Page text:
FCA joined peace stakeholders, the county government, the national government and the people of Isiolo to mark this day. The celebration took place at the Isiolo stadium where the deputy governor H.E Mohammed Gulled was the chief guest. In peace building and conflict resolution process, FCA supports the need of women’s participation, and for this reason facilitated Lorian women’s group from the Ngare-Mara ward to deliver peace messages through peace songs.
All speakers warned politicians in Isiolo County against inciting communities to fight each other. Inter-faith Organisation chairman Ahmed Seth said cases of pastoral conflicts that have bedevilled the county have been attributed to political incitement.
“It is unfortunate that both Turkana and Samburu communities engage in fights when the Vision 2030 flagship projects are set to begin in the county,” Seth said at Isiolo stadium during the celebration.
He also said it is important that leaders from warring communities meet regularly to resolve their differences and promote peaceful coexistence. He also mentioned to the community that the religious leaders are working very closely with peace stakeholders to mitigate the current Turkana and Samburu conflicts. The Deputy county commissioner, Mr Ruto, who represented the county commissioner, also called on the pastoral communities to embrace dialogue instead of resorting to uncouth ways of expressing their grievance.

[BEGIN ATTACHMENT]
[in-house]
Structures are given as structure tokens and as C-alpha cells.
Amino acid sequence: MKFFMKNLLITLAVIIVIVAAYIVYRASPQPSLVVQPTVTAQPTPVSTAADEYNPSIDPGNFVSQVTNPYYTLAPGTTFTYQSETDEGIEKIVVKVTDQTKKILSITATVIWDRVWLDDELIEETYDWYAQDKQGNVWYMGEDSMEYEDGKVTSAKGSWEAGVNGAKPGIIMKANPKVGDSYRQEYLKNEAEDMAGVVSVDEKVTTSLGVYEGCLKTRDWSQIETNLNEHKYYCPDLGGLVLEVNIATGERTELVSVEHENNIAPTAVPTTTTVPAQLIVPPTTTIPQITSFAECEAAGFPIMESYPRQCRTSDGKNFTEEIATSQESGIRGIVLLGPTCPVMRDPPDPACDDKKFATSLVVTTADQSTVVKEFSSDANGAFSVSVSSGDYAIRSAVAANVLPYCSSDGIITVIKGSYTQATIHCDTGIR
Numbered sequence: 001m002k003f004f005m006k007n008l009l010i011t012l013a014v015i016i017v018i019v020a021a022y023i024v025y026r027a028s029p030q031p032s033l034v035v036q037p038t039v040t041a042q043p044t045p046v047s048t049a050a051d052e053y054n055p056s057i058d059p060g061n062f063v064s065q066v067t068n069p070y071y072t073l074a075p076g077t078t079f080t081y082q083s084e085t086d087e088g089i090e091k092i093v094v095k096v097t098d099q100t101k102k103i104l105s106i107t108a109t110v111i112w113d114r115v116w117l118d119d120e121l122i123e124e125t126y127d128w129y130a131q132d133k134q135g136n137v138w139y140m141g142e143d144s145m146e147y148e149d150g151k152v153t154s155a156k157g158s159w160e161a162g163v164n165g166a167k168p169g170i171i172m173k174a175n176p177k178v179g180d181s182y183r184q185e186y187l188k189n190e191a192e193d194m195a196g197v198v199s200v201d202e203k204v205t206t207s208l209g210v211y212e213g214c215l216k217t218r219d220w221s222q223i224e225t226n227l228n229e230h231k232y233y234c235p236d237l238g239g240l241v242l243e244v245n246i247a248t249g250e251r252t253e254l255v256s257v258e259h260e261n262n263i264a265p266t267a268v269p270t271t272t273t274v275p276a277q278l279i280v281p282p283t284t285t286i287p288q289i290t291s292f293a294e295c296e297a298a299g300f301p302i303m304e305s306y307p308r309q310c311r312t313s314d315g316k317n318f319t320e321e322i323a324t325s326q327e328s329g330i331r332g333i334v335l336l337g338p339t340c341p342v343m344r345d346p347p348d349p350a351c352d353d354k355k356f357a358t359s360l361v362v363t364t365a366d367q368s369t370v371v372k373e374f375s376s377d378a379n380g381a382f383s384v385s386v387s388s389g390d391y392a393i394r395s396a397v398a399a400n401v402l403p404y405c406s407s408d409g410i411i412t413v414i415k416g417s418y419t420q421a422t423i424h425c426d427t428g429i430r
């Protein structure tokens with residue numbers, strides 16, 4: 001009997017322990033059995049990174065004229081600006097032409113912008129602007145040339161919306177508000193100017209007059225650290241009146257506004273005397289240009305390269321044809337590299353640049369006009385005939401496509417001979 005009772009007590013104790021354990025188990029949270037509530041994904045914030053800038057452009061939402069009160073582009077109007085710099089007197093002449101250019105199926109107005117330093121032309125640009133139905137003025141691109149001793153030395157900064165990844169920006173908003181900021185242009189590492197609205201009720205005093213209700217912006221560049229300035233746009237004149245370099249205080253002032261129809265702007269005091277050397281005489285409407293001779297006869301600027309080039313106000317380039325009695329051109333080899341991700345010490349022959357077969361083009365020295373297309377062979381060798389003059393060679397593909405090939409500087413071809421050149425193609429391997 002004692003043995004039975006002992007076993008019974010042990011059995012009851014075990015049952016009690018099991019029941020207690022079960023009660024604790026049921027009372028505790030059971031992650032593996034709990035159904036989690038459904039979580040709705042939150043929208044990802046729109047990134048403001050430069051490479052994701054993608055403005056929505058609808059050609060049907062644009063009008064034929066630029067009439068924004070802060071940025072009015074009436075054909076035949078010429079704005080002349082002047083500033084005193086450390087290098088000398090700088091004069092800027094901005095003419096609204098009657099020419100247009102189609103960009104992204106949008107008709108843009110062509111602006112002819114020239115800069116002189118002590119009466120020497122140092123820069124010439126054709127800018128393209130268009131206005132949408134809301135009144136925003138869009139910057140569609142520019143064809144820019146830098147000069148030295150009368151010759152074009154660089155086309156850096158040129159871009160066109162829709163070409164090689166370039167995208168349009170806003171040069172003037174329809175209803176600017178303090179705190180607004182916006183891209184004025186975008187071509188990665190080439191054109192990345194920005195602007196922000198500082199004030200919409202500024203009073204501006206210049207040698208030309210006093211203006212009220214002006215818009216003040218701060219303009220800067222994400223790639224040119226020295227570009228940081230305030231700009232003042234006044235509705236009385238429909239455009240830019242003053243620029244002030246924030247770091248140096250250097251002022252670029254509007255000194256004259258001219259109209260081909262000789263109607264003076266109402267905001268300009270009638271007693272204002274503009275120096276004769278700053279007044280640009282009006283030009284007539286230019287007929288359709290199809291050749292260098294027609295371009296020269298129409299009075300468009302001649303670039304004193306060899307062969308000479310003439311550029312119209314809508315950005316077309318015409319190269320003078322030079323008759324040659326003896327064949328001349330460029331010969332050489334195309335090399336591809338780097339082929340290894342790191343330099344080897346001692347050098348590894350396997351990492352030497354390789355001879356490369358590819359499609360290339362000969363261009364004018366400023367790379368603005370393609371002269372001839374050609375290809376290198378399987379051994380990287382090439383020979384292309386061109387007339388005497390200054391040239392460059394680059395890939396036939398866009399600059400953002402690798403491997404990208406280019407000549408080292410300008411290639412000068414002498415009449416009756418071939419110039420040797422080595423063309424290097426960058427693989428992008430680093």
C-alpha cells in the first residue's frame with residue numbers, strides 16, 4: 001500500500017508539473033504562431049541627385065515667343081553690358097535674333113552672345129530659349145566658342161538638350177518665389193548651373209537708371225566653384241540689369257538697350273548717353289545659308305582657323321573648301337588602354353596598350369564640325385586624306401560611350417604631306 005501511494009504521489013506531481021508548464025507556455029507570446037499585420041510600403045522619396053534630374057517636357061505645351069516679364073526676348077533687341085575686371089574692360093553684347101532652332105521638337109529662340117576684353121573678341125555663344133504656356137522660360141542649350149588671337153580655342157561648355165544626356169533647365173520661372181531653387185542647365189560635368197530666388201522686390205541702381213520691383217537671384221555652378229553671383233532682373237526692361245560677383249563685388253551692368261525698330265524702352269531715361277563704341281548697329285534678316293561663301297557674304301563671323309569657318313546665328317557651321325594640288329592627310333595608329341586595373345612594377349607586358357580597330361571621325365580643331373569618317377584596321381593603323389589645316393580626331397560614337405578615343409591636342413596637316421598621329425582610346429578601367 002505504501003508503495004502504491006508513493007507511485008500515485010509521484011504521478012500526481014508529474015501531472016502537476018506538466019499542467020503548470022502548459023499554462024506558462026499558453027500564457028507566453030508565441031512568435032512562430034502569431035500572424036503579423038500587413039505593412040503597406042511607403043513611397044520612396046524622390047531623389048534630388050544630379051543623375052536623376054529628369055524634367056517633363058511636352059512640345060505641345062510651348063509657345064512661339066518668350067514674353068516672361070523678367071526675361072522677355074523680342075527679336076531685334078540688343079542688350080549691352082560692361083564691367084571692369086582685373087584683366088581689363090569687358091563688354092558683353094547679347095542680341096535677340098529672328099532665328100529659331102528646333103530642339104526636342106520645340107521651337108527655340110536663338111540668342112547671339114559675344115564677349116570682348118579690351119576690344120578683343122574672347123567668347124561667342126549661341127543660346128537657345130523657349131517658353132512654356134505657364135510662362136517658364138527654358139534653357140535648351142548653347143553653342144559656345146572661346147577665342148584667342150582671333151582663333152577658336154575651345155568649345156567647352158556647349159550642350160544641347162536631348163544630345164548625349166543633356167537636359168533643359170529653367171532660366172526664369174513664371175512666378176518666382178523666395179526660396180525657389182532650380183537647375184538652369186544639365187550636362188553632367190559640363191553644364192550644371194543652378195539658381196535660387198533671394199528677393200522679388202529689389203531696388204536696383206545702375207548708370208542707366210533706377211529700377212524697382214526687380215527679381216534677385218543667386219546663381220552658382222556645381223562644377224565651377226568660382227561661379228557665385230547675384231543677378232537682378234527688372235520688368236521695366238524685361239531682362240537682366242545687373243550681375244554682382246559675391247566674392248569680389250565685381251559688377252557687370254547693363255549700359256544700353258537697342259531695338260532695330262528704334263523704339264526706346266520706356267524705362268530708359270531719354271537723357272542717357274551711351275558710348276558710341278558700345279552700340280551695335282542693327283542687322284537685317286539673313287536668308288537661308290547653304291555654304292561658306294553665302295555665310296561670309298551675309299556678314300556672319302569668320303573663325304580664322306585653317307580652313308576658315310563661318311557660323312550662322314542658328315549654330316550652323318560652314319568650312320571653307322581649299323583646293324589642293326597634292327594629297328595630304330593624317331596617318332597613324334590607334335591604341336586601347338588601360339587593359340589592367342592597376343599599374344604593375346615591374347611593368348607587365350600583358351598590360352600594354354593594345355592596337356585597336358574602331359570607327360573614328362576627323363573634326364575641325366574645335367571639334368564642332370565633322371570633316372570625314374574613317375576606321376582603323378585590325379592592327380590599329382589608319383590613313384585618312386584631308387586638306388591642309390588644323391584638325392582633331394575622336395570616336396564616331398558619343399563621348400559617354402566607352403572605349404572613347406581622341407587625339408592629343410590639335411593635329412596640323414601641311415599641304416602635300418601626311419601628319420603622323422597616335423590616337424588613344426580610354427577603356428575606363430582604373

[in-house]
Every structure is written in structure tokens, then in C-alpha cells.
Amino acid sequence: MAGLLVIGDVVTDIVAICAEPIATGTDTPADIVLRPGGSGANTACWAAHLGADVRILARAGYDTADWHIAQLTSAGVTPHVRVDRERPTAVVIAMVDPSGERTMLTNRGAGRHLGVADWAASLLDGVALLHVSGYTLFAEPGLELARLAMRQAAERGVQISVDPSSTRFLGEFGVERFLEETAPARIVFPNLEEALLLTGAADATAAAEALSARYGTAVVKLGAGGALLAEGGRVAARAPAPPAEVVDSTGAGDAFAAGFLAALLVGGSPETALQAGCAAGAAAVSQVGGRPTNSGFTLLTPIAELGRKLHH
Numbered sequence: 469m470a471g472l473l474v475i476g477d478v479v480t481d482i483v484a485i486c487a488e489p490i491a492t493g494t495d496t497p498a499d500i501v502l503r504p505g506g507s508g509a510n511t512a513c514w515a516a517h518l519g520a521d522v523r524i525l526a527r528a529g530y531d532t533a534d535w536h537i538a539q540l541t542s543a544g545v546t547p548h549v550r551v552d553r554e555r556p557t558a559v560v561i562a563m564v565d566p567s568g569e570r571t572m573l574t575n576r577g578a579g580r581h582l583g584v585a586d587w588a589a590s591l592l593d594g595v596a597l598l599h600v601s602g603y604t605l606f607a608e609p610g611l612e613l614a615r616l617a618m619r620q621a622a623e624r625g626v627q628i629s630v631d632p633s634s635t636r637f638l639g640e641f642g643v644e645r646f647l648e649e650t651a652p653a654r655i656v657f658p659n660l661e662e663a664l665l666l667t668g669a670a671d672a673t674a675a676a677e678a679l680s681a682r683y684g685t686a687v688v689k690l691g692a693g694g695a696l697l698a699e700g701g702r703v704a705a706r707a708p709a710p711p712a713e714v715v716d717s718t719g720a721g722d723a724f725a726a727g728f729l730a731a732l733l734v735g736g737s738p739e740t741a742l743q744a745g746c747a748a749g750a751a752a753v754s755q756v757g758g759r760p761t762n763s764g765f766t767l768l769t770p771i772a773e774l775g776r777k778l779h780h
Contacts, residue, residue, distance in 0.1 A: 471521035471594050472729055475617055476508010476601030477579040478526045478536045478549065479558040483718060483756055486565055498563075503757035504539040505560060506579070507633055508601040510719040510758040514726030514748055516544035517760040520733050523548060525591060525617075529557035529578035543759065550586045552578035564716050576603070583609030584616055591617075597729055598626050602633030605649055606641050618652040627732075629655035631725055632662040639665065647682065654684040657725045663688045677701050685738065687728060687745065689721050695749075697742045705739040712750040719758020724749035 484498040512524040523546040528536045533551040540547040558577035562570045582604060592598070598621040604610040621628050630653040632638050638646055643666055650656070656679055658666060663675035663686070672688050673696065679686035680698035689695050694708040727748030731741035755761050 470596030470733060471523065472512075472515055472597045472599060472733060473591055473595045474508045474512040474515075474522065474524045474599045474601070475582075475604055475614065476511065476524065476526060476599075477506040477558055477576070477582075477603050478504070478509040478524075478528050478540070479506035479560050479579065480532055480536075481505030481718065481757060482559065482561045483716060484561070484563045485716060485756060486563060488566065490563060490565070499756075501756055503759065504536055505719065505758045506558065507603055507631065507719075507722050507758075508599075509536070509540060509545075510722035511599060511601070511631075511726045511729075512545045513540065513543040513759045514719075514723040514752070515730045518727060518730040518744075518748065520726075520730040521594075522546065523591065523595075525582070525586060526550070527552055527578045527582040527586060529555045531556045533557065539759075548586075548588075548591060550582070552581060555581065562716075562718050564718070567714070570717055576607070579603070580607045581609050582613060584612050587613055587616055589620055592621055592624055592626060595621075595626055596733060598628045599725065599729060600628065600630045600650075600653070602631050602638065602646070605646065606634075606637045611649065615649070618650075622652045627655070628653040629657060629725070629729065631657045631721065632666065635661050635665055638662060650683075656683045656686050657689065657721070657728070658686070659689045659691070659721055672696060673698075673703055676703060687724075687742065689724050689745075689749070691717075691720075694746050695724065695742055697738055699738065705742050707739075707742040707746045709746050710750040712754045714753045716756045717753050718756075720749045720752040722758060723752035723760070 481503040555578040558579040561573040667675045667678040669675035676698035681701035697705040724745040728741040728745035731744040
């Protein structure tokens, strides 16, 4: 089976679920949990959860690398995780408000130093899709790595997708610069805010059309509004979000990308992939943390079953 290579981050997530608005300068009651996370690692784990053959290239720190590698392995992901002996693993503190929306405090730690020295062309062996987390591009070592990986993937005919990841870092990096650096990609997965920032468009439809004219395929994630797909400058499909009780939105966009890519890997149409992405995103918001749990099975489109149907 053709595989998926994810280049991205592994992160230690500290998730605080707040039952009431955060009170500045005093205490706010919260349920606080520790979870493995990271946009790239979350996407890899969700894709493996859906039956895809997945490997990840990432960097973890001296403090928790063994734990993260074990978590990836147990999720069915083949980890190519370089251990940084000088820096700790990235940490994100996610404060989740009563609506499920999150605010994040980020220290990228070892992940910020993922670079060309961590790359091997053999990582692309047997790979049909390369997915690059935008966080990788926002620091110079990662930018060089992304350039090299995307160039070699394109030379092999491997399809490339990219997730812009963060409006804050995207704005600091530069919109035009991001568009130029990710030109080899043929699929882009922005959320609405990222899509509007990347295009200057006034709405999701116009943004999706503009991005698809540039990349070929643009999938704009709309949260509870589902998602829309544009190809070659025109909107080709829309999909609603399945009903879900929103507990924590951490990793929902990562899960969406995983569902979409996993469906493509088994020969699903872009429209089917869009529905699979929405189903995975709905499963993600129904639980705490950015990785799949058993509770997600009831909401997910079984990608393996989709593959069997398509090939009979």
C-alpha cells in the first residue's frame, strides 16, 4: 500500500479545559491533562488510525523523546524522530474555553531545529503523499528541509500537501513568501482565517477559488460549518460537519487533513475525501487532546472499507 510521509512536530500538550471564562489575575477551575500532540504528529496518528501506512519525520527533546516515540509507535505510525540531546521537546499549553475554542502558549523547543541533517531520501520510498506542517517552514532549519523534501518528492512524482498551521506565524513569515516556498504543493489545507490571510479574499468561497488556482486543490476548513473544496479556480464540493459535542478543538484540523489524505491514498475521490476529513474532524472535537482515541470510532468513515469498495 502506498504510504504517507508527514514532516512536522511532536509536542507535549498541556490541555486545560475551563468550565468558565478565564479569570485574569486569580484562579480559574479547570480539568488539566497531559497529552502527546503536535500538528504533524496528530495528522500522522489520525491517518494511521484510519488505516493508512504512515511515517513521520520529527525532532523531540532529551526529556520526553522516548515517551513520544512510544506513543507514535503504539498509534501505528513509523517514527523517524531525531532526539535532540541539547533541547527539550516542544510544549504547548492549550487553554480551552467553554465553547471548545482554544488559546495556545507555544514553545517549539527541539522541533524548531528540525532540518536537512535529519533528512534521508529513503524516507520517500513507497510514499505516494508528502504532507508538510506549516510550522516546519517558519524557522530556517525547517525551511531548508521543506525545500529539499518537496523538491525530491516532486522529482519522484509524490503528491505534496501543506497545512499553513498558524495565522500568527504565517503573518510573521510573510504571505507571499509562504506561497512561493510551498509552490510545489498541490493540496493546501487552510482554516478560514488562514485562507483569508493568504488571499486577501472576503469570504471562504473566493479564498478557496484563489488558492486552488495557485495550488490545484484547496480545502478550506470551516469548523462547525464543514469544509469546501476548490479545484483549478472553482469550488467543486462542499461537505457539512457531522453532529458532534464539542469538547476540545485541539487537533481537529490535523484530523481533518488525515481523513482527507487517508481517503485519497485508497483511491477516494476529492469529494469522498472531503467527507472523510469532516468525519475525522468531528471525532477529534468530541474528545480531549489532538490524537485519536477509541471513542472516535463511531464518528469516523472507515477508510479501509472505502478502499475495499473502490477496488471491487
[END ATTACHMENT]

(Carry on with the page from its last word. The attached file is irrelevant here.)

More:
Turkana County celebrated this festival in a unique and elaborate way: by writing it down in the Lokiriama Peace Accord.
Lokiriama is a location in Loima, a Sub County of Turkana. The Peace Accord was created in 1972, as the communities of Matheniko in Uganda, and Turkana in Kenya came to an agreement after a peace dialogue. They agreed to end their conflict and promote peace between the Karamojon and Turkana communities. After unconditional consent from the Turkana community, elders from the two communities met at Lokiriama and buried hatchets of violence to mark a new beginning of peace. This accord has since been commemorated every year during the International Day of Peace.
The chief guest for this year’s commemoration was Bishop Cornelius Korir of the Catholic Diocese of Eldoret. Bishop Korir is a respected personality in the region. He has been involved in the peace process between the Turkana and Pokot Communities for the past year, facilitated by Finn Church Aid through the REGAL-IR project funded by USAID.
In collaboration with Turkana County, Finn Church Aid (FCA) as the lead organisation facilitated 75 representatives of peace committees from Turkana South; the wards of Lobokat and Kaptir, and 15 Peace elders from West Pokot County. The peace groups met and united as one team to celebrate the international peace day, and the five-month long peaceful coexistence between the Turkana and Pokot communities.
Text and images: Charles Apondu, Vincent Omunyin, Umuro Sora, Edel Mitei
Finn Church Aid (FCA) is implementing the peace component of a larger programme “Resilience and Economic Growth in the Arid Lands – Improving Resilience” (REGAL-IR) by the consortium led by Adeso, African Development Solutions and funded by USAID.